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According to Wikipedia, the hash marks in American football were introduced in 1932, at which time they were placed 10 yards in from the sidelines. They have since migrated inward to 15 yards in 1935 and 20 yards in 1945, ending up in 1972 at their current position of 23 yards 1 foot 9 inches in from the sidelines. The 1972 movement is explained in this question, but what were the reasons for the 1935 and 1945 movements?

  • Moderator note: as the 1972 movement is covered by another question, I've changed this question to be about the 1935 and 1945 movements. The closing/reopening in the history was to clear out the duplicate votes to the 1972 question. – Philip Kendall Dec 27 '17 at 20:56
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It made the games more exciting and made offenses less likely to run plays specifically designed to get away from the sideline. In the words of the NFL,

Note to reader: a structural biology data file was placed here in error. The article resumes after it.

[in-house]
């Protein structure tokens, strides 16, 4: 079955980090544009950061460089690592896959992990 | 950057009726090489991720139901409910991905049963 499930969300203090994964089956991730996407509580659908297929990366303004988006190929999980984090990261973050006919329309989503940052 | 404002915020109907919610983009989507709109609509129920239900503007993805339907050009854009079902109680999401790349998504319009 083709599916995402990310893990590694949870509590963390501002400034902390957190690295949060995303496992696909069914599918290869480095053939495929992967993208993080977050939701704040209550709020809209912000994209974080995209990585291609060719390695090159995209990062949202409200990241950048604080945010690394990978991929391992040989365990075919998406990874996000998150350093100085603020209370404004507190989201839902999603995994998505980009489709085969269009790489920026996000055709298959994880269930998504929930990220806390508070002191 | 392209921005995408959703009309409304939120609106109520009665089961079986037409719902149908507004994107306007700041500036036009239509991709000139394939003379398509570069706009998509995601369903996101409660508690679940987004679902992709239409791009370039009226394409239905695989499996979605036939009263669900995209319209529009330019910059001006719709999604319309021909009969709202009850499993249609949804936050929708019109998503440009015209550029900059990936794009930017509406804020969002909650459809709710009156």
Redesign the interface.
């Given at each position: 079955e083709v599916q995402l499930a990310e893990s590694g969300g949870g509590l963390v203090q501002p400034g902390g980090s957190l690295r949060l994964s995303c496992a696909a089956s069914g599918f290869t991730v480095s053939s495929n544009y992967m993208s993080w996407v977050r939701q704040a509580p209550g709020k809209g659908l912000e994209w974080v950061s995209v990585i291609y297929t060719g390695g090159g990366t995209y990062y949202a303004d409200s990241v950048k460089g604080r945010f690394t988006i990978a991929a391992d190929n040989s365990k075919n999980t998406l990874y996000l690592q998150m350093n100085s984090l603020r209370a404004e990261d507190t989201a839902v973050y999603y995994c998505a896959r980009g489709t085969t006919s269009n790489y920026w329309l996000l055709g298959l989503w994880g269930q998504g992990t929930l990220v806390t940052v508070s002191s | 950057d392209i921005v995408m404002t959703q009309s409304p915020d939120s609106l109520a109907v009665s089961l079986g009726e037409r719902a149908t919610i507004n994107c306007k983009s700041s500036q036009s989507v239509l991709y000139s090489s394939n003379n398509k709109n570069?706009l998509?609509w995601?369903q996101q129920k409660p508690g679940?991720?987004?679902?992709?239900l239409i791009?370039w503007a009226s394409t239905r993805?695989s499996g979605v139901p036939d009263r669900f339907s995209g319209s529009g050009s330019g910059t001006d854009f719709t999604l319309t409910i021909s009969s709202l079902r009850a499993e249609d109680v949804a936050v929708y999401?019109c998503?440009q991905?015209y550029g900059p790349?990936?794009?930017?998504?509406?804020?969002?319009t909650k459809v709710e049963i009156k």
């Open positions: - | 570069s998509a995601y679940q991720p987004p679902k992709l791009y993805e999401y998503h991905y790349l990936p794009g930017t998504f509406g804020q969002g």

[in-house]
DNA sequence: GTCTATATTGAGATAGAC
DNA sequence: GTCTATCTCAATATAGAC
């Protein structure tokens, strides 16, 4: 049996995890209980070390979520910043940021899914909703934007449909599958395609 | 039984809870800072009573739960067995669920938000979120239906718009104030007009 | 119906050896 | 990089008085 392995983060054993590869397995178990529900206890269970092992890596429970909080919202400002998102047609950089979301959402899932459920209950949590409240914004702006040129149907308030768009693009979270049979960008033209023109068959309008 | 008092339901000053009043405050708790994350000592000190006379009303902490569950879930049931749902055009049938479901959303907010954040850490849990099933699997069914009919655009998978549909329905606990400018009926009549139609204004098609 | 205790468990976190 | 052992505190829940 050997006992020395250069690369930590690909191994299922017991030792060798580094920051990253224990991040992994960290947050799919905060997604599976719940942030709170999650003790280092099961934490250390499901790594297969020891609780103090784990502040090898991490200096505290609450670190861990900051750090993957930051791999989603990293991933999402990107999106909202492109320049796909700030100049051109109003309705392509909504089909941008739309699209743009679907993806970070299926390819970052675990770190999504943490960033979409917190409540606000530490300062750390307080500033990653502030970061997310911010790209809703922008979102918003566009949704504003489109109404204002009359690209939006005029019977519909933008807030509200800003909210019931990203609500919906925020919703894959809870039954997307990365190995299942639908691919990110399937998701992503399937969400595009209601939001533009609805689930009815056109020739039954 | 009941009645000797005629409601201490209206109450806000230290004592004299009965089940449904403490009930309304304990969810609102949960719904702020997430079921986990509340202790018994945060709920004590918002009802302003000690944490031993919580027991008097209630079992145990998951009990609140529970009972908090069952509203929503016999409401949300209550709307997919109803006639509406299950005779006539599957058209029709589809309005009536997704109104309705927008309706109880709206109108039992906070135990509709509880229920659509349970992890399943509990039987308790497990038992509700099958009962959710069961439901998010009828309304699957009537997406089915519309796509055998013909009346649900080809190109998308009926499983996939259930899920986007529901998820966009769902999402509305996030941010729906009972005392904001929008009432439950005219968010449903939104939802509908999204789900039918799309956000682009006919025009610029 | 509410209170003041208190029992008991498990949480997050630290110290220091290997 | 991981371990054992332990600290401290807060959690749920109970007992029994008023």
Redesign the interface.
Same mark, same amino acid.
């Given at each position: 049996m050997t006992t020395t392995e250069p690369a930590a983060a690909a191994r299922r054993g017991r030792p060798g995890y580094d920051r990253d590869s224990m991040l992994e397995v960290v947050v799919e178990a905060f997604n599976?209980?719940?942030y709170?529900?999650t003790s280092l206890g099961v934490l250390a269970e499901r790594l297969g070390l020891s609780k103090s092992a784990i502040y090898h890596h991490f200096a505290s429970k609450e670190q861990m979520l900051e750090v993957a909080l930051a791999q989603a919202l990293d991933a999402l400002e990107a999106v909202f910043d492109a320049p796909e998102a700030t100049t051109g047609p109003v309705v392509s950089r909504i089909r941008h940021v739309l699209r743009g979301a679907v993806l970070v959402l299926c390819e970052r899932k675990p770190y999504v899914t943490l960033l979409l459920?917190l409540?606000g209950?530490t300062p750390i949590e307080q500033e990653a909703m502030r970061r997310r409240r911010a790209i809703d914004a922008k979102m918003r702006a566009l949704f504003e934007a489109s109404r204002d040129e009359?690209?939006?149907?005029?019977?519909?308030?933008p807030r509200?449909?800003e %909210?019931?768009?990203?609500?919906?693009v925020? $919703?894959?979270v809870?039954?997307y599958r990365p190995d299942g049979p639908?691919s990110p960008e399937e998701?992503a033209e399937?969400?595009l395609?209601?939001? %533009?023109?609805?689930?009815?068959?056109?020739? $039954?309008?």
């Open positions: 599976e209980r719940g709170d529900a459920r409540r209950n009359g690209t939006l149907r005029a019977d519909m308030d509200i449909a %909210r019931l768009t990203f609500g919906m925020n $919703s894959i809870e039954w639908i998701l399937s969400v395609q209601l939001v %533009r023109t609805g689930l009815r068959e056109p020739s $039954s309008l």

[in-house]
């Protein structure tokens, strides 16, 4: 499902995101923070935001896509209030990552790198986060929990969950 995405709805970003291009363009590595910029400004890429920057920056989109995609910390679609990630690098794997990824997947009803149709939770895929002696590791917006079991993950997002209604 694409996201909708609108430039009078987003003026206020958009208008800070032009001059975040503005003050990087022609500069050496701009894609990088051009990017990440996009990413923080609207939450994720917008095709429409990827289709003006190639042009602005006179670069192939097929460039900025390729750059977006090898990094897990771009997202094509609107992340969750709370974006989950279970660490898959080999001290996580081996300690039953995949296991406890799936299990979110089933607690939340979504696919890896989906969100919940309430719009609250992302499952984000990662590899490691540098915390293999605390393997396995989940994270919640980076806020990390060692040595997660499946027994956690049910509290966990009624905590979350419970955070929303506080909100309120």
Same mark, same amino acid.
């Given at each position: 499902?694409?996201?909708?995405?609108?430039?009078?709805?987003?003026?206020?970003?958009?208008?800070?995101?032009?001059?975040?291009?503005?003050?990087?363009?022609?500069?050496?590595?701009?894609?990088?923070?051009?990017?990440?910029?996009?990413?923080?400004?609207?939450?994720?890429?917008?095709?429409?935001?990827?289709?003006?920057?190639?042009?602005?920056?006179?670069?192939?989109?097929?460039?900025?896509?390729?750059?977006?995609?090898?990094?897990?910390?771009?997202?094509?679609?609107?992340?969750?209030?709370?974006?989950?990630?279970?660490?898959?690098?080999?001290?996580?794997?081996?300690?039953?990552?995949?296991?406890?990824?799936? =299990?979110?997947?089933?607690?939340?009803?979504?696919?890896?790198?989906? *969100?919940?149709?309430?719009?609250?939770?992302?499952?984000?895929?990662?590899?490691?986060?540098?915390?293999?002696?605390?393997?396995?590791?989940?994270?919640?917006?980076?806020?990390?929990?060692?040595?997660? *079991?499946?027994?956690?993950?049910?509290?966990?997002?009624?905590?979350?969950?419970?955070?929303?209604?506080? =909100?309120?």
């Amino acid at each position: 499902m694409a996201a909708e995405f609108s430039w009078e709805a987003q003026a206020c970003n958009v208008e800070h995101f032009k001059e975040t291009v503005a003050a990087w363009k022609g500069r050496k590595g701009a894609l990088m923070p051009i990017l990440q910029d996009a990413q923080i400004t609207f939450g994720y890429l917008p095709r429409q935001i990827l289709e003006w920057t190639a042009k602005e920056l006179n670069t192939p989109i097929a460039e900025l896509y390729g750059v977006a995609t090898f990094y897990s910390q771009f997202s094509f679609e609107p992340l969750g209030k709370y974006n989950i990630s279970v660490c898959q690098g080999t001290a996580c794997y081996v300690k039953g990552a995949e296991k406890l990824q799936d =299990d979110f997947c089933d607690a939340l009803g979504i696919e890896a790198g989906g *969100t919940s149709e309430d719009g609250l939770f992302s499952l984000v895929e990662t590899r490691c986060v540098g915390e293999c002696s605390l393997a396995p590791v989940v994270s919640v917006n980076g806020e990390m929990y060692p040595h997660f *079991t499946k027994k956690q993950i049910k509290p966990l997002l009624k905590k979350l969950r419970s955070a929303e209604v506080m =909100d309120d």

The closer to the center the marks got, the less reluctant offenses became to design plays toward the sidelines, increasing their play-calling options and excitement for fans.

The closer to the center of the field a team is, the more space it has. Big plays and offense, which are both good for NFL profits, become more common. So the change was about offense and less plays being wasted on moving sideways.

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